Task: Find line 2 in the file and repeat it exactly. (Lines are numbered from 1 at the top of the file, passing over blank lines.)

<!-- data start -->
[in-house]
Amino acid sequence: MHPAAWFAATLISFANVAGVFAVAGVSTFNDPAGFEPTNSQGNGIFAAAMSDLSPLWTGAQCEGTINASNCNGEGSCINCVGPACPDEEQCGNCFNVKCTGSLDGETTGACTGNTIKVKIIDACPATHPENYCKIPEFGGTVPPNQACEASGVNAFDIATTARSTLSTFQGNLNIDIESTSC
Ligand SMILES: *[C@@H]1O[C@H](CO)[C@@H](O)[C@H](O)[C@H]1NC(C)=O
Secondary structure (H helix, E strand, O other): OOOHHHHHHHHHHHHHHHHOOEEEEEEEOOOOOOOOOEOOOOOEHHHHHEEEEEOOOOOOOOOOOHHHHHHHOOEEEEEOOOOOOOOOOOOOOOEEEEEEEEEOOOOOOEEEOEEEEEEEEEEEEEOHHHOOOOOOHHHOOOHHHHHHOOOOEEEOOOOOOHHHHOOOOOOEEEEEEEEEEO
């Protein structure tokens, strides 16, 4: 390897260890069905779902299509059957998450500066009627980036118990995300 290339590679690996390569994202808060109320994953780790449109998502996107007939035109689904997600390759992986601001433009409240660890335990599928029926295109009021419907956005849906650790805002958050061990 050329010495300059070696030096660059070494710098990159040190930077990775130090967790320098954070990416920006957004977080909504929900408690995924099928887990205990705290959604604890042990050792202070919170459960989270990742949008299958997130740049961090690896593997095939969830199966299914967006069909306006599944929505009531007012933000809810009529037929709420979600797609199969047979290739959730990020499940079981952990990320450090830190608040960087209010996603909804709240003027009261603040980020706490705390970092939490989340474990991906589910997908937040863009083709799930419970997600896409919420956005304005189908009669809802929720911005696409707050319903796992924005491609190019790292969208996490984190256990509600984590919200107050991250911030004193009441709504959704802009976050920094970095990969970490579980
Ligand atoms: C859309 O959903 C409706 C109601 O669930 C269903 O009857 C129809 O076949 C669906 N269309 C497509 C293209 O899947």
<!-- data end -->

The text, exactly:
Amino acid sequence: MHPAAWFAATLISFANVAGVFAVAGVSTFNDPAGFEPTNSQGNGIFAAAMSDLSPLWTGAQCEGTINASNCNGEGSCINCVGPACPDEEQCGNCFNVKCTGSLDGETTGACTGNTIKVKIIDACPATHPENYCKIPEFGGTVPPNQACEASGVNAFDIATTARSTLSTFQGNLNIDIESTSC